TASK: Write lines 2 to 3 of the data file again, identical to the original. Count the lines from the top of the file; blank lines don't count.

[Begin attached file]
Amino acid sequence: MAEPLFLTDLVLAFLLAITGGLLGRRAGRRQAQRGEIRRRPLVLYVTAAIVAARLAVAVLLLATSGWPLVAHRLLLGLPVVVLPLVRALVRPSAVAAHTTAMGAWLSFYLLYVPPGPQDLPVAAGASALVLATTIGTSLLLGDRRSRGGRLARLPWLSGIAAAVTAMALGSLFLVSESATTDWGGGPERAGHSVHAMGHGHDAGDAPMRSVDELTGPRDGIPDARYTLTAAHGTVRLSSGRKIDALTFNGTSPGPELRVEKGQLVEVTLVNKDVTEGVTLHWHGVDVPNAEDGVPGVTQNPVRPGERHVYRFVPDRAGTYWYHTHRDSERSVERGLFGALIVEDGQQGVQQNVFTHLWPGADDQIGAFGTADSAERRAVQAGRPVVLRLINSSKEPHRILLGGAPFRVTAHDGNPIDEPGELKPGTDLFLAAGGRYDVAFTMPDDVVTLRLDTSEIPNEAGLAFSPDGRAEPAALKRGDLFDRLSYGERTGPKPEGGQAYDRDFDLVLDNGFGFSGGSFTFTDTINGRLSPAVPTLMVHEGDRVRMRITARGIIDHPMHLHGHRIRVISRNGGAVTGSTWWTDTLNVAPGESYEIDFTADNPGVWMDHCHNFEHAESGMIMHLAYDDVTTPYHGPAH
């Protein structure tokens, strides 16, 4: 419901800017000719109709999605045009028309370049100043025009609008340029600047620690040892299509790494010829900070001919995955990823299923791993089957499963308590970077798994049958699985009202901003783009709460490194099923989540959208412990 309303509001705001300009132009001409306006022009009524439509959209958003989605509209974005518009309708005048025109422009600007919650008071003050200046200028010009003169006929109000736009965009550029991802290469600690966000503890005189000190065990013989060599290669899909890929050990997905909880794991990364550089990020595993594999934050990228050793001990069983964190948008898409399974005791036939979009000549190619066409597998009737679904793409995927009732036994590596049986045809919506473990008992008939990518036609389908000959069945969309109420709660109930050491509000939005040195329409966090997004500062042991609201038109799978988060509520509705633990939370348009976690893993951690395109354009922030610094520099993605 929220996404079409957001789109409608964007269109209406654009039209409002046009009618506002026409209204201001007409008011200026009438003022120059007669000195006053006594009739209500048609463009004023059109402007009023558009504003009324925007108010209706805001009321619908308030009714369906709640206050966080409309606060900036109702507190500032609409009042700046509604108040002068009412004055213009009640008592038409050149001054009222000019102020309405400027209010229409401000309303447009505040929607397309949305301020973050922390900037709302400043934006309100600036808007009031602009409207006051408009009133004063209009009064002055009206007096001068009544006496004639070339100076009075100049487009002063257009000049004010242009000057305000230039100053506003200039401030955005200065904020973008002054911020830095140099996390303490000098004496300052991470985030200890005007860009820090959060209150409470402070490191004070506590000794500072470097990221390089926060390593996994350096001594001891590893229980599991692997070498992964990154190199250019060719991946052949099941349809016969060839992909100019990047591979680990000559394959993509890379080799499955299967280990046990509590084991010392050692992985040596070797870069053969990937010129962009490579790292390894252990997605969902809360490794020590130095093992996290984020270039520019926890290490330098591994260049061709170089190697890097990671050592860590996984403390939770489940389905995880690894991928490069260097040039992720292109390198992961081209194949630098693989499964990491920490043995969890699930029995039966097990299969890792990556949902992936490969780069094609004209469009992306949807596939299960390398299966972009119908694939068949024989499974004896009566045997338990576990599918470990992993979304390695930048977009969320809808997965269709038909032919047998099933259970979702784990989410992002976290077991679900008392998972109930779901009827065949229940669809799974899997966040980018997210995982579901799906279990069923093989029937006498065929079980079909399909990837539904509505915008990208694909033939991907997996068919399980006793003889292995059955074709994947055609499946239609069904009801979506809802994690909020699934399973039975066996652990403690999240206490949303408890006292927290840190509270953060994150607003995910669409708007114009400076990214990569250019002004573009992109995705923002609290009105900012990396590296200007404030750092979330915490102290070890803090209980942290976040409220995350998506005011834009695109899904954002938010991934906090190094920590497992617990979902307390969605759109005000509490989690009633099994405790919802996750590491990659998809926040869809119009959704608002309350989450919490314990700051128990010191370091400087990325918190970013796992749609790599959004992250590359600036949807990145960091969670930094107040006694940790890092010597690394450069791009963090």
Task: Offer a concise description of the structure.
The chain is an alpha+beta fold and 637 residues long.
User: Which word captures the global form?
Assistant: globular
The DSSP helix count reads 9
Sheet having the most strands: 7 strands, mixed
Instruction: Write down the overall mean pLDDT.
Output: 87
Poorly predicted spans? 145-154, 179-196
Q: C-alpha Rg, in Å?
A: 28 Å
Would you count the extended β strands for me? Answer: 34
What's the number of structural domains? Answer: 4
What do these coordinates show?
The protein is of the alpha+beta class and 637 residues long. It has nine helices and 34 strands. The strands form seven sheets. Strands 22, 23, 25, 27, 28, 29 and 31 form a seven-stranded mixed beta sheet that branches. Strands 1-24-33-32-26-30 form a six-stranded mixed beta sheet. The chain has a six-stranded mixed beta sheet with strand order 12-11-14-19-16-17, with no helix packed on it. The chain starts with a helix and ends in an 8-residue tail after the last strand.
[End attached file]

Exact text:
């Protein structure tokens, strides 16, 4: 419901800017000719109709999605045009028309370049100043025009609008340029600047620690040892299509790494010829900070001919995955990823299923791993089957499963308590970077798994049958699985009202901003783009709460490194099923989540959208412990 309303509001705001300009132009001409306006022009009524439509959209958003989605509209974005518009309708005048025109422009600007919650008071003050200046200028010009003169006929109000736009965009550029991802290469600690966000503890005189000190065990013989060599290669899909890929050990997905909880794991990364550089990020595993594999934050990228050793001990069983964190948008898409399974005791036939979009000549190619066409597998009737679904793409995927009732036994590596049986045809919506473990008992008939990518036609389908000959069945969309109420709660109930050491509000939005040195329409966090997004500062042991609201038109799978988060509520509705633990939370348009976690893993951690395109354009922030610094520099993605 929220996404079409957001789109409608964007269109209406654009039209409002046009009618506002026409209204201001007409008011200026009438003022120059007669000195006053006594009739209500048609463009004023059109402007009023558009504003009324925007108010209706805001009321619908308030009714369906709640206050966080409309606060900036109702507190500032609409009042700046509604108040002068009412004055213009009640008592038409050149001054009222000019102020309405400027209010229409401000309303447009505040929607397309949305301020973050922390900037709302400043934006309100600036808007009031602009409207006051408009009133004063209009009064002055009206007096001068009544006496004639070339100076009075100049487009002063257009000049004010242009000057305000230039100053506003200039401030955005200065904020973008002054911020830095140099996390303490000098004496300052991470985030200890005007860009820090959060209150409470402070490191004070506590000794500072470097990221390089926060390593996994350096001594001891590893229980599991692997070498992964990154190199250019060719991946052949099941349809016969060839992909100019990047591979680990000559394959993509890379080799499955299967280990046990509590084991010392050692992985040596070797870069053969990937010129962009490579790292390894252990997605969902809360490794020590130095093992996290984020270039520019926890290490330098591994260049061709170089190697890097990671050592860590996984403390939770489940389905995880690894991928490069260097040039992720292109390198992961081209194949630098693989499964990491920490043995969890699930029995039966097990299969890792990556949902992936490969780069094609004209469009992306949807596939299960390398299966972009119908694939068949024989499974004896009566045997338990576990599918470990992993979304390695930048977009969320809808997965269709038909032919047998099933259970979702784990989410992002976290077991679900008392998972109930779901009827065949229940669809799974899997966040980018997210995982579901799906279990069923093989029937006498065929079980079909399909990837539904509505915008990208694909033939991907997996068919399980006793003889292995059955074709994947055609499946239609069904009801979506809802994690909020699934399973039975066996652990403690999240206490949303408890006292927290840190509270953060994150607003995910669409708007114009400076990214990569250019002004573009992109995705923002609290009105900012990396590296200007404030750092979330915490102290070890803090209980942290976040409220995350998506005011834009695109899904954002938010991934906090190094920590497992617990979902307390969605759109005000509490989690009633099994405790919802996750590491990659998809926040869809119009959704608002309350989450919490314990700051128990010191370091400087990325918190970013796992749609790599959004992250590359600036949807990145960091969670930094107040006694940790890092010597690394450069791009963090």
Task: Offer a concise description of the structure.